My car broke down yesterday. In the middle of traffic. On a major road. It was a warm, sunny day and the car decided to stop where it was in bumper-to-bumper traffic.
It was the clutch. (My fault for driving a manual.) A clutch is supposed to operate in two phases: in and out. My clutch does phase one very well. It sinks obediently to the floor of the car when I press on it. But it seems to have trouble with phase two. Once it is sitting in the floor, it does not always like to come back up again.
So yesterday the clutch sank into the floor and refused to come back up. I tapped it with my foot. Sometimes, when it gets stuck like that, I can nudge it back up with my foot. Not this time. I tapped that clutch repeatedly, all to no avail. I got persuasive. I pounded that clutch with all my strength. I dug my foot into that pedal over and over. But stubborn as I was, the clutch was stubboner. It was dead.
I put the hazard lights on and called NRMA for roadside assistance. I told them I needed a tow. I was already causing major delays on the highway and cars were overtaking me constantly. As a truck went around me, I heard a bang. I thought he had hit the rear of my car.
I stood outside in the hot sun for fear of being hit again. As I waited for the tow truck to arrive, watching the endless stream of cars pull around me, I had an interesting experience. Several drivers stopped and asked if I was ok.
You have to understand that this is Sydney. Drivers are, at best, stressed, agitated and running late. At worst, Sydney drivers are aggressive, rude and downright dangerous. It is unheard of in my driving experience for drivers to be friendly.
But there it was: three drivers, one after the other, pulled up to check if I needed anything. “I’m ok,” I told them gratefully, “I’ve rung for a tow.” They went on their way and I was left quietly thanking God for their generosity.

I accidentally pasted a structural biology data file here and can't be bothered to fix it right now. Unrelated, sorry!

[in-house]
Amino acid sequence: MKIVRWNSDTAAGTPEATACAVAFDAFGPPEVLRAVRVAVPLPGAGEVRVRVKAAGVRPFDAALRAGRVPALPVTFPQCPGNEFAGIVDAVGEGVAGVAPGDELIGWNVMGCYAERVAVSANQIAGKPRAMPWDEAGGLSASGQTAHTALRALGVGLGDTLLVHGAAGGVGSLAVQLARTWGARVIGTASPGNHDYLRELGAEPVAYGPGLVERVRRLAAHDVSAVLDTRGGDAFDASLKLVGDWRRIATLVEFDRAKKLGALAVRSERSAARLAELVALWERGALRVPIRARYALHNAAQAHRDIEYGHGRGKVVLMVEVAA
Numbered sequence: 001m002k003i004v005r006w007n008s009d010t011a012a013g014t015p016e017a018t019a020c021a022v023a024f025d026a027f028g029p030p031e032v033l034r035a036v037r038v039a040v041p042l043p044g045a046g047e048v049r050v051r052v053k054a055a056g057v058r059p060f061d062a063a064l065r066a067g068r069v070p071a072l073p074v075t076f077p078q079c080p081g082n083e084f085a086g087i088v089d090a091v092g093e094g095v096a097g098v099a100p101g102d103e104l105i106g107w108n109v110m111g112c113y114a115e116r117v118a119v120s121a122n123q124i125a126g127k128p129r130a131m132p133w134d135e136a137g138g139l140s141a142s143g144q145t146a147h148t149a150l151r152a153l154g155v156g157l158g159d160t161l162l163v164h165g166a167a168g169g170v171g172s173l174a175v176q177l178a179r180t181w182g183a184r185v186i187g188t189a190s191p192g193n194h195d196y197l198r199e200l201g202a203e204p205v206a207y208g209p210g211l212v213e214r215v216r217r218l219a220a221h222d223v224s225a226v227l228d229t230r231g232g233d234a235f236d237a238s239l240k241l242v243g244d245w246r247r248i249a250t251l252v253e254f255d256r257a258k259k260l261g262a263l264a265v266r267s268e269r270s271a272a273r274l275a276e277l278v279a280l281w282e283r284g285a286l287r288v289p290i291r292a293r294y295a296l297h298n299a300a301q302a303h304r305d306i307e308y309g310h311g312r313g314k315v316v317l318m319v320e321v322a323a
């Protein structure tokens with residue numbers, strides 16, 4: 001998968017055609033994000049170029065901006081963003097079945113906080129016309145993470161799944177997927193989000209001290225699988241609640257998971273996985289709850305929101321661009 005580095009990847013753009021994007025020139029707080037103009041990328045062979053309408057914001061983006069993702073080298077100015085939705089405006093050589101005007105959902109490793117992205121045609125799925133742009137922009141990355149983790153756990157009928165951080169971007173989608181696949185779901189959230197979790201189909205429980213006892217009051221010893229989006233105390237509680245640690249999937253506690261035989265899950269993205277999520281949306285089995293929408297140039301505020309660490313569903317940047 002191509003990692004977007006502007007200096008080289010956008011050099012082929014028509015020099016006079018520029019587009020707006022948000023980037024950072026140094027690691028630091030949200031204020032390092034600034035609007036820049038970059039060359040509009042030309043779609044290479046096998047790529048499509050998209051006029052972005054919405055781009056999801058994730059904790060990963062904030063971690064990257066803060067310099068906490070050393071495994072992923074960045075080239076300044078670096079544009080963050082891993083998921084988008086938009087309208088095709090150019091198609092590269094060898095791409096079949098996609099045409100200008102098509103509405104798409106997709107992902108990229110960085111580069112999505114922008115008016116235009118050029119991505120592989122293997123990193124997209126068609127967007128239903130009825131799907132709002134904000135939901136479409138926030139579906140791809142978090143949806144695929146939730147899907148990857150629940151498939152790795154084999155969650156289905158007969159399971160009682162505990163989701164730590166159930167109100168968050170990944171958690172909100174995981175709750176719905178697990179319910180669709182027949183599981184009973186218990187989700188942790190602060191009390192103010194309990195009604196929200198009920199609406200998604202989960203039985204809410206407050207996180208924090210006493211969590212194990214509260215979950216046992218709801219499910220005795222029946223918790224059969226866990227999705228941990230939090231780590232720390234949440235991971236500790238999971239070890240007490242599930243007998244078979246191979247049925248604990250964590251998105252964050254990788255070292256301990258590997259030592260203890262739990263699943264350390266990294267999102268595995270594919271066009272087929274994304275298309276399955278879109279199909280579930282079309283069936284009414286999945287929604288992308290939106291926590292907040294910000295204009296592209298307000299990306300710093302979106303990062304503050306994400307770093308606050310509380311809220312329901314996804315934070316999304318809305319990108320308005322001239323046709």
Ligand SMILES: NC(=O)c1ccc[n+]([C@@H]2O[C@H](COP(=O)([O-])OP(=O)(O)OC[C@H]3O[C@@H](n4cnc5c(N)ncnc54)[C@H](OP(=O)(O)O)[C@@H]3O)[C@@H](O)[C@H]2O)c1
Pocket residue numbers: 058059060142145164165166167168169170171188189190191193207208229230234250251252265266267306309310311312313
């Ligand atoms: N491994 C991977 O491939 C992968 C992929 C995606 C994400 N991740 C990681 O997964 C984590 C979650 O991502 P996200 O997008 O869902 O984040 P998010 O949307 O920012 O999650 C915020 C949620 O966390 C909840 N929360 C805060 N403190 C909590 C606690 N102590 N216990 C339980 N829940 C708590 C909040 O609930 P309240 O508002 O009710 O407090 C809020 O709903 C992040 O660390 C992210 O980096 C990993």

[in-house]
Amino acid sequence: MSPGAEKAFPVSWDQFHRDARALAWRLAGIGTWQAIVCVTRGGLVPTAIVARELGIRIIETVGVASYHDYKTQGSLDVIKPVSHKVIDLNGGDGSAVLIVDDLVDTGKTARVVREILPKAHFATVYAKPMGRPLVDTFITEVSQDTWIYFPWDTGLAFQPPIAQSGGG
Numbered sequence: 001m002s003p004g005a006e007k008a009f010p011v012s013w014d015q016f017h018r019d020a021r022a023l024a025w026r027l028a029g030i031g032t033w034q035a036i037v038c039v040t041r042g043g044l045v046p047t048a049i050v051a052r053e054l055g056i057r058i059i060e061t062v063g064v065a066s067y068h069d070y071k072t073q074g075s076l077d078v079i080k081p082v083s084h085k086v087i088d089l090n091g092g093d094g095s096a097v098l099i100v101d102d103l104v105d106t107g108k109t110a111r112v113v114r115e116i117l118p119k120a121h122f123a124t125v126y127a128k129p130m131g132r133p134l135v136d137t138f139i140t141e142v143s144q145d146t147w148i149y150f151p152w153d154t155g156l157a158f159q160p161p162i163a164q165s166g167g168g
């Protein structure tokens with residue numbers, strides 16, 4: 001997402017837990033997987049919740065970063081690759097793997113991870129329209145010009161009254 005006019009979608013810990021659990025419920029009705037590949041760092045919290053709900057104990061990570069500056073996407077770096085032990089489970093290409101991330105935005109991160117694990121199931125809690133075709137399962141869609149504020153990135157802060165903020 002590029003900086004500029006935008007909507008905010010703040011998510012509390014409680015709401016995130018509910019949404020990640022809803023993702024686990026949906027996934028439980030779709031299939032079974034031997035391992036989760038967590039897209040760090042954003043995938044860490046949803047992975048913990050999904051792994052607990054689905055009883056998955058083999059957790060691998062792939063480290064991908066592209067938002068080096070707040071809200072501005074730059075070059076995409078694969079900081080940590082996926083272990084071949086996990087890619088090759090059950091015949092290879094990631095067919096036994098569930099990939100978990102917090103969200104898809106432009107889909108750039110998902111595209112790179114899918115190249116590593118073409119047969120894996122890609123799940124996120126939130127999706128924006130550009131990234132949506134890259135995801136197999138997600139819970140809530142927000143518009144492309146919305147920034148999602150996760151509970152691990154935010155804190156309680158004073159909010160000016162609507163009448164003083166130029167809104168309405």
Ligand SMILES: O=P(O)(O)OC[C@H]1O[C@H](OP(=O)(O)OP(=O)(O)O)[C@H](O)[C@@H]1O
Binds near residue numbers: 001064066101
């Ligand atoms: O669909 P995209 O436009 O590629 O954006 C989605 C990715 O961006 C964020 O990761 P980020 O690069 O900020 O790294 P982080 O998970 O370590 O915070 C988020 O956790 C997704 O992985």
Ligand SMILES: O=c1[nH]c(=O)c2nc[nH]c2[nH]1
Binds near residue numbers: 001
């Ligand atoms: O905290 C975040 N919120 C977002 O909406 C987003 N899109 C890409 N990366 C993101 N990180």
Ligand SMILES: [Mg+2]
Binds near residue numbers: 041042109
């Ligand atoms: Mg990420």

A passing NRMA van pulled over and the driver got out. “Need a tow?” he enquired. Did I ever! I explained I already had a tow truck coming but he offered to tow me around the corner, off the highway and out of harm’s way, while I waited for my tow. I was relieved. I accepted his kind offer with alacrity.
It got me thinking about life. Life can be hard when we have a breakdown, and even more so when we are alone. I thought about how difficult it can be for single people to get by and how important it is to have the support of others. I thought about the isolation so often experienced by childless people, those with disabilities, people with mental health issues; indeed, most of us. How important it is when life breaks down that we have people around us who stop what they are doing and say, “Need a tow?”
I eventually got my tow to the local mechanic. I am grateful to those who helped me out on the road and to those who offered to help. Because we all have days when we need a tow.
Are there times in life when you need a tow? When was the last time someone towed you out of trouble? Was it a friend, colleague or God?